The Game of Thrones: The episode wherein we discuss sodomy, and magic

The Game of Thrones: The episode wherein we discuss sodomy, and magic

A quick warning: This review assumes you've watched the entirety of Sunday's episode, and the two seasons leading up to it.

Game of Thrones takes place in a world that is rendered so realistically and in such brutal detail it can be jarring when supernatural elements are introduced. It’s odd that we can take dragons for granted, but children who share dreams test our suspension of disbelief. It’s easy to forget that we watched a woman give birth to a murderous smoke demon just last season. The characters tend to treat these magical aspects of their reality with respect, but little surprise.

Well, mostly. Jon Snow has the concept of a “warg,” someone who can see through the eyes of animals, explained to him, and Ygritte gets to basically call him a dumbass once again. Sometimes I fantasize about an edit of these scenes where she’s replaced by Napolean Dynamite continuously calling Snow a “stupid idiot.”

This is the sort of episode that would prove tiresome in any other show. Very little happens in terms of plot movement, and a dual between a shackled man and his captor is the closest thing we get to action, but Game of Thrones delights in throwing different combinations of characters together just to see how they interact. I could watch Jaime Lannister and Brienne walking places together for hours if the conversation remains this lively.

Men who love men, and the people who talk about them

Everyone also seemed pretty happy to discuss Renly’s love of other men. “His proclivities were the worst-kept secret at court,” Jaimie said, “It’s a shame the iron throne wasn’t made of cocks, they’d have never got him off it.”

Margaery was more… circumspect when the issue came up. “One evening, after he’d had far too much wine to drink, he suggested something that sounded very painful and couldn’t possible result in children,” she confessed to Joffrey, who stated he’d considered making that “perversion” punishable by death. What follows is what can only be described as seduction via crossbow, and it’s as weird as it sounds. Joffrey isn’t so hard to handle, it seems. Keep flowers off his clothing and make sure you remind him of his power.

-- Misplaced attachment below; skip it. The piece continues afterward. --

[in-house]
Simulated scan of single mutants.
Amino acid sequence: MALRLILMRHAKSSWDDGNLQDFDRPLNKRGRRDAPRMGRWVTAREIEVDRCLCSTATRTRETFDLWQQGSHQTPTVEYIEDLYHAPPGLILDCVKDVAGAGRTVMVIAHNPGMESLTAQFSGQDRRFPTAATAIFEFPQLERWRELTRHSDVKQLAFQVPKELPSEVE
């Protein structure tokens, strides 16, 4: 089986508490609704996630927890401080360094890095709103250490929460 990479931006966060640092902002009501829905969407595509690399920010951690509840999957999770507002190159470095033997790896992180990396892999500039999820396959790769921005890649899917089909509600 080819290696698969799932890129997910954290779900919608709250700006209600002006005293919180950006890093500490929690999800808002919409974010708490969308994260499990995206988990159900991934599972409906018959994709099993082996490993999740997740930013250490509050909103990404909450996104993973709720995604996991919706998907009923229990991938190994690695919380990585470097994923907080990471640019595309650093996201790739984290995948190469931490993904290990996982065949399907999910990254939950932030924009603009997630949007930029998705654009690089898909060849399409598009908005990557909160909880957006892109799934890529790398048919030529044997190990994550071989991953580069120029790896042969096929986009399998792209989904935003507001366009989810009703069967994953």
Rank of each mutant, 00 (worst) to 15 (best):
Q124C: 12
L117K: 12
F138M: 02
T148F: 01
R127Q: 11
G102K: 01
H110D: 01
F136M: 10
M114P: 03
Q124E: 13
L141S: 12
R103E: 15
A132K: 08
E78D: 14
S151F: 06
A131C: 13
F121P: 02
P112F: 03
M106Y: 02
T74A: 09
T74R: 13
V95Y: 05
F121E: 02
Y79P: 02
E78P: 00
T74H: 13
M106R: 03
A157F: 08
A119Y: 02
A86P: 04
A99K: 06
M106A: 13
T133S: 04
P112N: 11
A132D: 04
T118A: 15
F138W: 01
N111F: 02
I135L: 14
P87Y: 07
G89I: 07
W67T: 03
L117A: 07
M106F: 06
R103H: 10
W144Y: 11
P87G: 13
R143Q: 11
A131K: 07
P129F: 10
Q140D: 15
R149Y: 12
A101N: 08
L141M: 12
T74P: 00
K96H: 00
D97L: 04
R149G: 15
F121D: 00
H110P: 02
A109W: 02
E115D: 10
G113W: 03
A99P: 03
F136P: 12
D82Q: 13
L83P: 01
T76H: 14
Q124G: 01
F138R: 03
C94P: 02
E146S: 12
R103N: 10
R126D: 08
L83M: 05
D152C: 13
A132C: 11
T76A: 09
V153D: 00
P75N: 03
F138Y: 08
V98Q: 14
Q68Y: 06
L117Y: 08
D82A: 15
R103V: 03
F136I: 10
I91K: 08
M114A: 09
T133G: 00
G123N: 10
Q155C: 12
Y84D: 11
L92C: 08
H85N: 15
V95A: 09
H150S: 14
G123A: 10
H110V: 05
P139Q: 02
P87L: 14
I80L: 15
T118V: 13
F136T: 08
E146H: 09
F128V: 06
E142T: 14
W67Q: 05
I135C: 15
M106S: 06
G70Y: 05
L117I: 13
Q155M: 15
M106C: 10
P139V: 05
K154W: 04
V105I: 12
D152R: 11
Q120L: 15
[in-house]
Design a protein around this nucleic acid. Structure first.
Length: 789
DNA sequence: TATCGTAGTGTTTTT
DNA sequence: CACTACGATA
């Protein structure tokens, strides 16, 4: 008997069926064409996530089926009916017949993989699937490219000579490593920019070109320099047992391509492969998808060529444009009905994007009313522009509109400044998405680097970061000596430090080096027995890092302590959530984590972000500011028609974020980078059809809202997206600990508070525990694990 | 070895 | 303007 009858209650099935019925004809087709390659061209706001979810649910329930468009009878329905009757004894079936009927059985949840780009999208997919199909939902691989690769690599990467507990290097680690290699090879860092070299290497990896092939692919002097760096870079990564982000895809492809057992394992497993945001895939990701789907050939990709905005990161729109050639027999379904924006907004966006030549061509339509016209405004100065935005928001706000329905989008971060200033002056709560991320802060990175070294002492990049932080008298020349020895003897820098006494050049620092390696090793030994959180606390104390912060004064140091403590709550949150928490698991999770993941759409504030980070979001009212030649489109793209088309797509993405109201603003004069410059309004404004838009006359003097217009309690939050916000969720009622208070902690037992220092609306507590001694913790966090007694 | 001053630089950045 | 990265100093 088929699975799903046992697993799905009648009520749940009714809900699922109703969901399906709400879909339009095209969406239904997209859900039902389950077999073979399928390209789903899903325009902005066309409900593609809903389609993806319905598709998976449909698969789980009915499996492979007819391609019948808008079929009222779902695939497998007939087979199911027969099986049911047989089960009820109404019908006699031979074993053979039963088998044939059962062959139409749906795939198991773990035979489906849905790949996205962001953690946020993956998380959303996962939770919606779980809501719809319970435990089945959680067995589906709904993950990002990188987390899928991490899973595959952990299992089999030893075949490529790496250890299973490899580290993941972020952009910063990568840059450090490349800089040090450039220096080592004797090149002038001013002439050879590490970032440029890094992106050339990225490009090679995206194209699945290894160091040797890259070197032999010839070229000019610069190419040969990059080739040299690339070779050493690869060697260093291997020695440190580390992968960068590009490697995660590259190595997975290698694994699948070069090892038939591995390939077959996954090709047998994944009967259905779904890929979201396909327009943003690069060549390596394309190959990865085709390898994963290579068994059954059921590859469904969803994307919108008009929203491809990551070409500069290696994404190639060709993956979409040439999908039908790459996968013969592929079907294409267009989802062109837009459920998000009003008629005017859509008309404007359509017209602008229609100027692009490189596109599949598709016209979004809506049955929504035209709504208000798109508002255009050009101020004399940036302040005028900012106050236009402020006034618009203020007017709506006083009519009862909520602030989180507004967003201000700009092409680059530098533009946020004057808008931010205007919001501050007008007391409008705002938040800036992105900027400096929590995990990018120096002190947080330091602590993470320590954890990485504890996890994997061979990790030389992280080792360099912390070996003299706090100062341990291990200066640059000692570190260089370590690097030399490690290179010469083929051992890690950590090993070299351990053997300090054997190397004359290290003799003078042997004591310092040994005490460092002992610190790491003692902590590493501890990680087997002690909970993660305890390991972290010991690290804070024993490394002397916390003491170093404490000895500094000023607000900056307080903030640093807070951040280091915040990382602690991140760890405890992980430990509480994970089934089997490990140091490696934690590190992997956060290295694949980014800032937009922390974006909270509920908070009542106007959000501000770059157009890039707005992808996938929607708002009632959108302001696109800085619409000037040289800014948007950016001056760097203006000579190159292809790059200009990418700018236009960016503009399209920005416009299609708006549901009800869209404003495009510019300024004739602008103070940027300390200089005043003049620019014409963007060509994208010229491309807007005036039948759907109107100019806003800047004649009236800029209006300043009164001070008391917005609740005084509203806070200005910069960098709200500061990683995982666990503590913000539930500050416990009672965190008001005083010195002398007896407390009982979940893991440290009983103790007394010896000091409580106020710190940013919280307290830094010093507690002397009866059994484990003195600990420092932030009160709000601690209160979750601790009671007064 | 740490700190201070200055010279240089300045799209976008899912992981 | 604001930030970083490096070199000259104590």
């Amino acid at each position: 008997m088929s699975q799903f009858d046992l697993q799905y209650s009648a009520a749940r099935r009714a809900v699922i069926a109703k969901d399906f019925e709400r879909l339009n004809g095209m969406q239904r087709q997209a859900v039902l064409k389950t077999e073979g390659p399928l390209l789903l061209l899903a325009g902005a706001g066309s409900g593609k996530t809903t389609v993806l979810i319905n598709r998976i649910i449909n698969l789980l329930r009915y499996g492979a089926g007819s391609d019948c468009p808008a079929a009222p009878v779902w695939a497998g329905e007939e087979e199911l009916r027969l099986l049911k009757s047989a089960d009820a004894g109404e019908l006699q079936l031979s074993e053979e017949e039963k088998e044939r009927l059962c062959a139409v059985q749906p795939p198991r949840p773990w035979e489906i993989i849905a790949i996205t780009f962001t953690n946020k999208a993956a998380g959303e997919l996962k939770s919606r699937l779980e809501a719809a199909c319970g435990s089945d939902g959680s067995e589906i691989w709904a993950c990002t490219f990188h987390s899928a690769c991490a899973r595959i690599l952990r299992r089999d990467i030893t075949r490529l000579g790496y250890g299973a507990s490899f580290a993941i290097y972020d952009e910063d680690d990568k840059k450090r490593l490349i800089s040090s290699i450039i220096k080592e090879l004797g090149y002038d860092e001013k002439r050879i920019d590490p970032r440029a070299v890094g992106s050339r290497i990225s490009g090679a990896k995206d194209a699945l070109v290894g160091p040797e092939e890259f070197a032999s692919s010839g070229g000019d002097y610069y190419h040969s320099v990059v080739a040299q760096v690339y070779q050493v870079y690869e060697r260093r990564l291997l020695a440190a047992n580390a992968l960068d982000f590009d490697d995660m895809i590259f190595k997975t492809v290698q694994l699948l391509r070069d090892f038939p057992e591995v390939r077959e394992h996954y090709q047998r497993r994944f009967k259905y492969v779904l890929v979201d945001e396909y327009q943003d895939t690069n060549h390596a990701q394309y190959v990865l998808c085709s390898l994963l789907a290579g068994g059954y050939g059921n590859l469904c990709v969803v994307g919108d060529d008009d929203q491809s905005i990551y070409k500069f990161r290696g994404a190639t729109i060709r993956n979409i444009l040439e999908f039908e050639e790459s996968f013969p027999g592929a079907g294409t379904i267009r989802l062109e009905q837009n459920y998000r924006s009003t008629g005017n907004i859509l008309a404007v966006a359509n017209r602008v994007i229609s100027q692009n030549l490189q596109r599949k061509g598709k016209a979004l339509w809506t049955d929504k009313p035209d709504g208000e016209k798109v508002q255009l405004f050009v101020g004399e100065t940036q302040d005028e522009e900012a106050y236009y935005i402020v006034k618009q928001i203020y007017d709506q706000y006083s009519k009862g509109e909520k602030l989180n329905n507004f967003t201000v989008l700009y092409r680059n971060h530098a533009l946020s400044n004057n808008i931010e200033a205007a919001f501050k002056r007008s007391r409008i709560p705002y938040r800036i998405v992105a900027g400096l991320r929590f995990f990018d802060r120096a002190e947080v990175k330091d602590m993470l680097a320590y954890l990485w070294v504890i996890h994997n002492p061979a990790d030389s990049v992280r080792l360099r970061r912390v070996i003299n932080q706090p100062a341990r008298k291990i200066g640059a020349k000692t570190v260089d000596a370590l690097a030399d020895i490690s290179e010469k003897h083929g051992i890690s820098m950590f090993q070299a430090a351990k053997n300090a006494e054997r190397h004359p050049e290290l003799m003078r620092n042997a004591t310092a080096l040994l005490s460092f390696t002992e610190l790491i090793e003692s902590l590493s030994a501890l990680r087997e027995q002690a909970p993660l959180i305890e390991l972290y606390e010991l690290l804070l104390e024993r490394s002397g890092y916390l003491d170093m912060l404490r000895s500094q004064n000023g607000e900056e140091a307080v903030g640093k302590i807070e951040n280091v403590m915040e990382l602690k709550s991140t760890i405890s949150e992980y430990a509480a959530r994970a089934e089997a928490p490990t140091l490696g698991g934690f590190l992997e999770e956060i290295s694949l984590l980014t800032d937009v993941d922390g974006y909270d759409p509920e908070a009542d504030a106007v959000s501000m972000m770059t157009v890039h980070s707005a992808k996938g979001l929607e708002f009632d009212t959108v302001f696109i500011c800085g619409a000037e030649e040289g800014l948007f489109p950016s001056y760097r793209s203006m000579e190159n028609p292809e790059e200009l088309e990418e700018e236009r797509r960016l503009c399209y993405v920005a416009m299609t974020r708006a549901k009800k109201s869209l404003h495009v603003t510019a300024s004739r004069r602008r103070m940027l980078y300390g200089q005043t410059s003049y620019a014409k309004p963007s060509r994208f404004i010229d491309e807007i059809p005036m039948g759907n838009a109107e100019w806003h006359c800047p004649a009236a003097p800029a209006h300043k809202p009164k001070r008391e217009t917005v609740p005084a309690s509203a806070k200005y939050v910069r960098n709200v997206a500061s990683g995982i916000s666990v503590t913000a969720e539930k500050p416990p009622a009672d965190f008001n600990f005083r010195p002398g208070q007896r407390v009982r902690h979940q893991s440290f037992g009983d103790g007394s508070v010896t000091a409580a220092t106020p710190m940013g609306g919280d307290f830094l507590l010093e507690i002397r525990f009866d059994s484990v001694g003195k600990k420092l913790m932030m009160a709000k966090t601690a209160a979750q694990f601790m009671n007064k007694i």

Speaking of that crossbow, yes it’s clever, but the fact remains that mechanism is likely the only thing that allows him to use it. Does anyone think he could load a standard crossbow? “There’s no crank!” he says when explaining it. Do you think the weapon master made jokes about him while it was being made? Still, Margaery reminds Joffrey that he can kill on command, and that probably does more to get the little asshole stiff than her plunging neckline.

The second most fascinating scene takes place between Sansa, Margaery, and Margaery’s grandmother Olenna. They sit Sansa down and basically browbeat her into admitting the reality of Joffrey’s sadism, but what will they do with this information?

It doesn’t scare either woman off, although Olenna’s most pressing concern seems to be getting her cheese, and plying Sansa with her favorite treats.

Olenna and Margaery can always use this information as a way to blackmail Sansa. I don’t think that’s where this plot line will lead however, as it seems more likely they will just use the knowledge to learn how to manipulate the situation to fit their own ends. This is a conversation between three incredibly powerful women, with the odd detail that only two of them really understand that power.

Theon was tortured, and then it seemed like there was some hope for his escape, but those scenes were simply hard to watch, and did much to kill the momentum of the episode.

We finally get to check in with Arya and her merry band of fighting children, and they fall in with another wandering group of men with unclear motives. These men are too playful to come across as a threat, although it was fun to watch Arya try her hand at the sword only to have it slapped out of her hand. No one is taking her seriously, yet again, which usually ends up being a mistake.

Still, who was expecting the (triumphant?) return of the Hound in this scene? “What in seven hells are you doing with a Stark bitch?” he asks, genuinely confused. This situation just became much more interesting.

Game of Thrones may be a big hit for HBO, but the show still doesn’t have the budget to stage a large battle or splashy sequence every episode, so we’re going to have entire episodes of characters walking and talking to help defray the cost of the dragons flying around. Still, with writing this sharp and characters this fun to be around, who cares?

We’re still seeing everyone take position, and we’re learning more about what people are capable of, and that’s only going to make the pay off even more satisfying. These people can walk places, complain about a lack of cheese, and talk to each for a very long time before I’m going to get bored.

Standard disclaimer: I have yet to read the books, so please keep those spoilers out of the comments. I'm not going to police the comments though, so read at your own risk.